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A Fair Critique of the de Seversky Combat Plane

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Author Topic: A Fair Critique of the de Seversky Combat Plane  (Read 452 times)
Bad Penny
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« on: August 06, 2011, 04:47:41 am »

Alexander de Seversky was best known as a pioneer aviator and as the originator of the concept of the "Combat Plane", which is a strategic bomber with range, armor, and armament sufficient to enable deep=penetration bombing raids into enemy territory without need of fighter escort.  While many consider this concept to have been foolhardy in the light of the experience hard-gained by air forces during the Second World War, I believe the experience of Eight United States Air Force over Central Europe during the last two years of the war validate the concept of the Combat Plane, however lacking in reality the overall concept of the ability of strategic aerial bombardment to eliminate an enemy's ability to wage war eventually proved to be.

While it is true that most attempts to implement de Seversky's Combat Plane concept failed (largely due to the design of the aircraft intended to implement this idea (i.e., the Consolidated B-24 Liberator and the Avro Lancaster)), the combination of the Boeing B-17 Flying Fortress (with her famous ball turret emplaced so as to cover the plane's ventral aspect) with Curtis LeMay's "Combat Box" formation, designed to give every machine gun aboard every plane a clear field of fire into airspace beyond the box itself, as well as to facilitate a concentrated drop zone for the bombs and to keep the trailing planes free of the wake turbulence of the planes ahead of them, did, in fact, prove the validity of de Seversky's fundamental concept of the Combat Plane.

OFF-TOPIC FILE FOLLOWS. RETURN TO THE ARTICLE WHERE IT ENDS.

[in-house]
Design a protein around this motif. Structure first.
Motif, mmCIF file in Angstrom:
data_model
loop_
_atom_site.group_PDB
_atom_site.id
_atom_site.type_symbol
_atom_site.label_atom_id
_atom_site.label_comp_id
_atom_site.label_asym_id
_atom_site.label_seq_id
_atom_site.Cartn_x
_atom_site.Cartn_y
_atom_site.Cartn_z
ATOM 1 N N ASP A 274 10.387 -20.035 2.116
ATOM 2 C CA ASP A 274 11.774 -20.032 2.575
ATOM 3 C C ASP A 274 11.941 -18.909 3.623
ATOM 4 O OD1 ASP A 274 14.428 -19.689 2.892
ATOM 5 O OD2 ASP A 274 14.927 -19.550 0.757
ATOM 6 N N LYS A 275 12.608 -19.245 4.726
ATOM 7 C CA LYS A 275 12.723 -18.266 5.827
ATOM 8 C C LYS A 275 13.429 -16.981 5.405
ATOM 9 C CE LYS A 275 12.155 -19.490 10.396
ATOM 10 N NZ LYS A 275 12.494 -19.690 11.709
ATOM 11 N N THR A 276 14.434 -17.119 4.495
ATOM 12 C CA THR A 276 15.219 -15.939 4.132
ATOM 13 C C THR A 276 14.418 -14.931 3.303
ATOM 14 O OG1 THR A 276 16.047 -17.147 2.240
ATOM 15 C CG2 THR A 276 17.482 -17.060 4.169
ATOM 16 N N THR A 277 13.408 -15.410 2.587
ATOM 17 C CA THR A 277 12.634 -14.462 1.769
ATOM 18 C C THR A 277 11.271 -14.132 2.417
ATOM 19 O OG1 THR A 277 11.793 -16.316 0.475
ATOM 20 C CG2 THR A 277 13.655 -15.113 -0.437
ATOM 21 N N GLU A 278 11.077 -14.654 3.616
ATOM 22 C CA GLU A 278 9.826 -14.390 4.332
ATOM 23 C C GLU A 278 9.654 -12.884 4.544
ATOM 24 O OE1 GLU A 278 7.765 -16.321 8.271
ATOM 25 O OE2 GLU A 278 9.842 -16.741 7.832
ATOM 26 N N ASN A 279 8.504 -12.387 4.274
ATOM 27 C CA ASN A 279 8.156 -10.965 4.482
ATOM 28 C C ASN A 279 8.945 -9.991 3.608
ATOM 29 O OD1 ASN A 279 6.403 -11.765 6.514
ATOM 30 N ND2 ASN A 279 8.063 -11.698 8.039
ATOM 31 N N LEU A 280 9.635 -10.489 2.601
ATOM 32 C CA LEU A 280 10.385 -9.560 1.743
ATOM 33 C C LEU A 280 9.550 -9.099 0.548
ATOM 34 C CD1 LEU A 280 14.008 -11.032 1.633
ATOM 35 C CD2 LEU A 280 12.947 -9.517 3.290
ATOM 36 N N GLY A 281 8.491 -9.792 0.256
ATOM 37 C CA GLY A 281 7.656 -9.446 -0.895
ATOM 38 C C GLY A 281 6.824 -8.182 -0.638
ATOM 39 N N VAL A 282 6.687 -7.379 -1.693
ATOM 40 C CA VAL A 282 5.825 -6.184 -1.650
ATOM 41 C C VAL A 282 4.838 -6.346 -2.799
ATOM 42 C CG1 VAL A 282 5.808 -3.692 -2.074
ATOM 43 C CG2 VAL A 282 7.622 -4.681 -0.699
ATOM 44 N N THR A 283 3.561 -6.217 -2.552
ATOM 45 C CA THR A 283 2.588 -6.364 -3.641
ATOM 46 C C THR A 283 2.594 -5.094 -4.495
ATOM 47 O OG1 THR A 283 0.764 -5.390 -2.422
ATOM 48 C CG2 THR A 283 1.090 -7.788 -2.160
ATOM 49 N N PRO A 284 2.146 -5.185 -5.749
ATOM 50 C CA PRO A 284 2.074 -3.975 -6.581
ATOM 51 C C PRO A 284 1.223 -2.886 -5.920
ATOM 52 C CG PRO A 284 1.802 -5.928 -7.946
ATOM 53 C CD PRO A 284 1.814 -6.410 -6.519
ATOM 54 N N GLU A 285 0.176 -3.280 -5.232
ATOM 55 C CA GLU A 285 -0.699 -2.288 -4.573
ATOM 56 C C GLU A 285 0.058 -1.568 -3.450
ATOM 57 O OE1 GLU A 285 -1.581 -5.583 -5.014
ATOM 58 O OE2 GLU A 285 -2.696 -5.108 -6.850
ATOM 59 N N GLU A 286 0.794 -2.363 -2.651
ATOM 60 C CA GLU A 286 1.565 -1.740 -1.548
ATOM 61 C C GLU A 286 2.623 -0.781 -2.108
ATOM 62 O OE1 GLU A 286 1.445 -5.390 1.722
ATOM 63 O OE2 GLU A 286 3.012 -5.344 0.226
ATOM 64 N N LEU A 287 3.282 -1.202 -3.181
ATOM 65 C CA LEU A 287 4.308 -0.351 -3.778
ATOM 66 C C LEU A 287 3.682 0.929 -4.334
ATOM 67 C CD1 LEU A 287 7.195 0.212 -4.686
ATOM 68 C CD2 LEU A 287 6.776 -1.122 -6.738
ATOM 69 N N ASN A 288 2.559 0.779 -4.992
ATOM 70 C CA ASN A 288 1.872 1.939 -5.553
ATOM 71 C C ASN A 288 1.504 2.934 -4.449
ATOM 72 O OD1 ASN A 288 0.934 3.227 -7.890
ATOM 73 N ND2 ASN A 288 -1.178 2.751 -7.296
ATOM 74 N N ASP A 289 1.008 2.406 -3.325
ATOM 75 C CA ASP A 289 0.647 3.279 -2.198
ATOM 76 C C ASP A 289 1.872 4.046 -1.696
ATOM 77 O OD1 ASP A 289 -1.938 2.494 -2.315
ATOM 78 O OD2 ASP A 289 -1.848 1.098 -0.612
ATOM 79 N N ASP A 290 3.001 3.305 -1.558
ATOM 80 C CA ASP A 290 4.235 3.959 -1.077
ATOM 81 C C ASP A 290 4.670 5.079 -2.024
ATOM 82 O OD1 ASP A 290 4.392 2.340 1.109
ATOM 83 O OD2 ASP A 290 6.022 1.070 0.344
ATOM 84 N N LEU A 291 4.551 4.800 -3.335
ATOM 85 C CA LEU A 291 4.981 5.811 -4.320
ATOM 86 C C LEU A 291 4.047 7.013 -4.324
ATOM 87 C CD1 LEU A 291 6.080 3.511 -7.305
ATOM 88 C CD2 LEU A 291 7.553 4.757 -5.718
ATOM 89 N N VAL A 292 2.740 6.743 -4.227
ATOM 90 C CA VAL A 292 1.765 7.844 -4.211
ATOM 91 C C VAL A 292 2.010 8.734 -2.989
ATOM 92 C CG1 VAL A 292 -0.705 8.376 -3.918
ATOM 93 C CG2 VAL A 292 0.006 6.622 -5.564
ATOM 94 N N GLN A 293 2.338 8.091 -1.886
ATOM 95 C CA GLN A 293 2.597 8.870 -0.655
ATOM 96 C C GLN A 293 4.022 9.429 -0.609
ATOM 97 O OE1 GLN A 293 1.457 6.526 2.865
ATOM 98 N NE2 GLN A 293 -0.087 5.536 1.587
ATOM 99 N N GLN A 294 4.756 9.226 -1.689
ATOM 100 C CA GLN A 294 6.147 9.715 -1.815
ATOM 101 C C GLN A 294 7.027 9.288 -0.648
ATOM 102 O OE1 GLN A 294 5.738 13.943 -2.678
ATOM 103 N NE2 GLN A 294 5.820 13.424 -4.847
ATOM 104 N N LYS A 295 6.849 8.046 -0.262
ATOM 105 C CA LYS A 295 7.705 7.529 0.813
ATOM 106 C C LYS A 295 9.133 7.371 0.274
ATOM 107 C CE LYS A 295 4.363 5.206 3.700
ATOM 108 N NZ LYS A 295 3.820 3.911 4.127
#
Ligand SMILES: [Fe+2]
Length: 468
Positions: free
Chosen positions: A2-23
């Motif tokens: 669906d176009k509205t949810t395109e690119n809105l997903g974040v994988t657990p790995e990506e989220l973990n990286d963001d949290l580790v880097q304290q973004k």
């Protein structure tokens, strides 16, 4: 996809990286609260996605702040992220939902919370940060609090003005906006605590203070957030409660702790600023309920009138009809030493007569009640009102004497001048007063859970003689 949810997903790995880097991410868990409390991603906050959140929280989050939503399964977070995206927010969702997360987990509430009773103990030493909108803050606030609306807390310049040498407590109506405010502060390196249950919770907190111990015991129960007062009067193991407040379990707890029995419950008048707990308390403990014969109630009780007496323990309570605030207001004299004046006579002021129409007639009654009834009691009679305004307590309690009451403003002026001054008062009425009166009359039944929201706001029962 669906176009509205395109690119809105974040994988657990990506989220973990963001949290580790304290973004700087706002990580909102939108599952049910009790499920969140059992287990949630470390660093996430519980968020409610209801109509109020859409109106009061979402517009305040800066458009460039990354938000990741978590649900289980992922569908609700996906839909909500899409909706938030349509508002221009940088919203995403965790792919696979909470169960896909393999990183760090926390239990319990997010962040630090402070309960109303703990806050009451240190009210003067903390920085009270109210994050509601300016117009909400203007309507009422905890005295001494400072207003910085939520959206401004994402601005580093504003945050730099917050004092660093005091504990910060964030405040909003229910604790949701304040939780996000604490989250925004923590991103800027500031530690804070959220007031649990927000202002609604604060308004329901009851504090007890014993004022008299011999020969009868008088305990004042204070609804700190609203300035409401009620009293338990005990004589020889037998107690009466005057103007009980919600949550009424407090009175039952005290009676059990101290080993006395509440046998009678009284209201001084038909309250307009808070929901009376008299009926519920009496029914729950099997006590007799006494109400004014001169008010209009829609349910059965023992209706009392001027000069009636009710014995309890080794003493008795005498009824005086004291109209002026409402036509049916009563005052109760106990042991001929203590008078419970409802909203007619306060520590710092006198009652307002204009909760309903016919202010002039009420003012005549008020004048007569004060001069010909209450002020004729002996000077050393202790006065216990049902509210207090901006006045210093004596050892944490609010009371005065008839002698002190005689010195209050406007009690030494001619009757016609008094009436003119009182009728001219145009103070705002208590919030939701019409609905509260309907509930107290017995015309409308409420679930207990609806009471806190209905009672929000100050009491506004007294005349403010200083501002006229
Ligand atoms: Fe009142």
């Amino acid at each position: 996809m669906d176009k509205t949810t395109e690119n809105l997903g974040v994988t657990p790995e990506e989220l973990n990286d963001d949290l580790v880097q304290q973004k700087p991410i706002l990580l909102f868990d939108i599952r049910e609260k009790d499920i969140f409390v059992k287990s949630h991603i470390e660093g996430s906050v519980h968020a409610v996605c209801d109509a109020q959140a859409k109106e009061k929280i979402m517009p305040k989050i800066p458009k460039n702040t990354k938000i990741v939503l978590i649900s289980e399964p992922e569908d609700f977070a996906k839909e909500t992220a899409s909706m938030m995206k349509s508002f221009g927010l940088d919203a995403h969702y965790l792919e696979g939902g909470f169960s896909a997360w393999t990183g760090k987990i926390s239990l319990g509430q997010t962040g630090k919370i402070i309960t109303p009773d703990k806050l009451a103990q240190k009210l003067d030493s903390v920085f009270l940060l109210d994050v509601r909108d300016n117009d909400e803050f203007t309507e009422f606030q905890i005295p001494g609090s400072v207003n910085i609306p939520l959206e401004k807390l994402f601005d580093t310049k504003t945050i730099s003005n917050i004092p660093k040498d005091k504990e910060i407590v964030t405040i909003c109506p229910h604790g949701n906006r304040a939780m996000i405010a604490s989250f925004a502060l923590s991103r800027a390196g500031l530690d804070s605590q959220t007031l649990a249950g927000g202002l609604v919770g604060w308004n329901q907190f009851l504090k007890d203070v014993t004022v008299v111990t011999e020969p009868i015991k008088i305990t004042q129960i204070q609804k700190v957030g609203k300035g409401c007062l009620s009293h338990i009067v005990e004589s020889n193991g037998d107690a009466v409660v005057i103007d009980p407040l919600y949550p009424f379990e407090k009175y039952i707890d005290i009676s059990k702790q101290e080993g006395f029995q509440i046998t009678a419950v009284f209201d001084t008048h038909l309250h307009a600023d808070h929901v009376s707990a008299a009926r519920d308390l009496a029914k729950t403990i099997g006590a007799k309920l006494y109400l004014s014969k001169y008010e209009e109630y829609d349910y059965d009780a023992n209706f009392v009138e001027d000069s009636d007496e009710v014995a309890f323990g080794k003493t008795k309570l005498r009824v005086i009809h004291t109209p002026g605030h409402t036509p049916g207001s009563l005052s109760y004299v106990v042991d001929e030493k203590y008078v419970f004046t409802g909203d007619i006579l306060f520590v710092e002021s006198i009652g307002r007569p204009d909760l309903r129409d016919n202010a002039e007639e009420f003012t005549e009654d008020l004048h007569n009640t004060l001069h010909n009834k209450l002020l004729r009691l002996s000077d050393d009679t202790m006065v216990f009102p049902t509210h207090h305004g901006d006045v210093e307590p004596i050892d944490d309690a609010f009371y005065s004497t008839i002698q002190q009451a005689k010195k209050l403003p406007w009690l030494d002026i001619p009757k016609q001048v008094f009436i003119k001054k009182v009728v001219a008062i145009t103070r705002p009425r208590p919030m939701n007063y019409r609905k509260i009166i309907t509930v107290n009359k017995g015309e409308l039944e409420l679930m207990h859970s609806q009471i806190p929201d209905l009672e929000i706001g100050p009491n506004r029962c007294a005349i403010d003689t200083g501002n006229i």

The proof went to the extent that the US deep-penetration raids against Berlin in the spring of 1944 were, fundamentally, not actually intended to damage Berlin, but, rather, to attract German fighters which would be forced to defend the Capital, the specific purpose of this deliberate baiting being to clear the skies of German fighters in time for the invasion of Normandy.  The German fighter force in the West was still formidable when the raids began, but virtually non-existent on D-Day, due to the effectiveness of the B-17 formed into the Combat Box as an anti-aircraft platform.

The truth is that the B-17 accounted for more German aircraft than any other type in the ETO, fighters included.
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